Net 2: Find Exact Phrases

Words hang together in predictable ways. If you type a phrase into the EXACT PHRASE field in Google, you'll be able to locate pages in which those words appear together in that order. This is obviously useful for finding things that have a proper name consisting of several words (e.g., places, book titles, people).

It's also useful when you can remember a distinctive phrase in something you've read, but now need to locate it. What's the rest of the poem that starts with "Jenny kissed me when we met"?

The ability to search for phrases can be surprisingly useful. Do you suspect that something your student turned in was plagiarized, or at least heavily borrowed without attribution? Type in a phrase or two from the paper and see if it turns up elsewhere! You can also check to see if your own work is being copied without your permission.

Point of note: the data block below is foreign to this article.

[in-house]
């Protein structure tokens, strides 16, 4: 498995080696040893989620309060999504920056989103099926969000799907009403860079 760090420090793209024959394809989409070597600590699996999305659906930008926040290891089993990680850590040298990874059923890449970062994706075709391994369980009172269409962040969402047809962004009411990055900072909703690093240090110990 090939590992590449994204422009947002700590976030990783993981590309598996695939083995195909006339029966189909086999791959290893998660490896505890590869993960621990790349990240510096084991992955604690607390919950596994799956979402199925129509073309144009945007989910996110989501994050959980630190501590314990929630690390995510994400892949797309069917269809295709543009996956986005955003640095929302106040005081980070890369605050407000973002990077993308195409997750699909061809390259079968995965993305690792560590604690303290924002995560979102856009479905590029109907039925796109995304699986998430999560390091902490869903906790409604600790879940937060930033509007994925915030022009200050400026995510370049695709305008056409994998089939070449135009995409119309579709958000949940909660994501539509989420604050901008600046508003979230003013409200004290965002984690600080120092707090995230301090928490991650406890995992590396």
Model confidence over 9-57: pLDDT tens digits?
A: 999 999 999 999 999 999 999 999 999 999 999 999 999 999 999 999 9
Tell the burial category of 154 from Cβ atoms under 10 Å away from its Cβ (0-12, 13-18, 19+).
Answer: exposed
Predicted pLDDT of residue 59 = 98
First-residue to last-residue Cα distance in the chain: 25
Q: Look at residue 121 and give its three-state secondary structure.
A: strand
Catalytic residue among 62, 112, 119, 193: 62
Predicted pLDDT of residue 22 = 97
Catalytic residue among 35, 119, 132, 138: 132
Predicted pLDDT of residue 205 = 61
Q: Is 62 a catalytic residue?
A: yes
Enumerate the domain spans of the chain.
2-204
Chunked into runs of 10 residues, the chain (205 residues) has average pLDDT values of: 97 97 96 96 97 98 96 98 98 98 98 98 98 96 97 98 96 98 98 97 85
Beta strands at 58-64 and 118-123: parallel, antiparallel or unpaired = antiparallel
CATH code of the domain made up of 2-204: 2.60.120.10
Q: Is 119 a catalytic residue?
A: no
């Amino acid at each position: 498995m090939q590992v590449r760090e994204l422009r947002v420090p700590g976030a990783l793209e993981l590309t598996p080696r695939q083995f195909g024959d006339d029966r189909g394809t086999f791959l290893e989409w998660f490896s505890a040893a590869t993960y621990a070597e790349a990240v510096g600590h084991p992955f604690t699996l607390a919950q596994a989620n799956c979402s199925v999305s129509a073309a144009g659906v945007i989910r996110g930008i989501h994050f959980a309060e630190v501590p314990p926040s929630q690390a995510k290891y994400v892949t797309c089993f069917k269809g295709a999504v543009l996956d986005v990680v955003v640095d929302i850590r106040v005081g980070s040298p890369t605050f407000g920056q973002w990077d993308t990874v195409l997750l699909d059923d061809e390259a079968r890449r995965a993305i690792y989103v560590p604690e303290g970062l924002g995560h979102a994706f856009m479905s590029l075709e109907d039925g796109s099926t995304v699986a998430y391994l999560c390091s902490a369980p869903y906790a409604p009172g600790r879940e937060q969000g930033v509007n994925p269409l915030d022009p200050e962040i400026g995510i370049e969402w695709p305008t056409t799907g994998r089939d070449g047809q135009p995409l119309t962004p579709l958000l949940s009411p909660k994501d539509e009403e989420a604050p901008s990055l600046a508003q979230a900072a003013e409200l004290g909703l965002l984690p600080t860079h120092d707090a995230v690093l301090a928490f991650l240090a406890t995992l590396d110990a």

Another use for this feature: stamping out urban legends. Next time you get an e-mail warning you about a repressive new law about to pass or a vicious computer virus about to attack, check it out before passing on misinformation to others. Type in any unusual or unique phrase you see in the e-mail and see if others have commented on this particular rumor.

# Matches

You've heard of a fine public university in the lower left corner of the United States and you want to know more about it. Try this search...

EXACT PHRASE: San Diego State University

Write the number of hits you get below.

Here's how to search for it badly:

WITH ALL: San Diego State University


Here are some more searches to try:


EXACT PHRASE: let's roll

EXACT PHRASE: stamping out urban legends  
EXACT PHRASE: Jenny kissed me when we met  

Continue to NET #3
Written by Bernie Dodge. Last updated March 11, 2002

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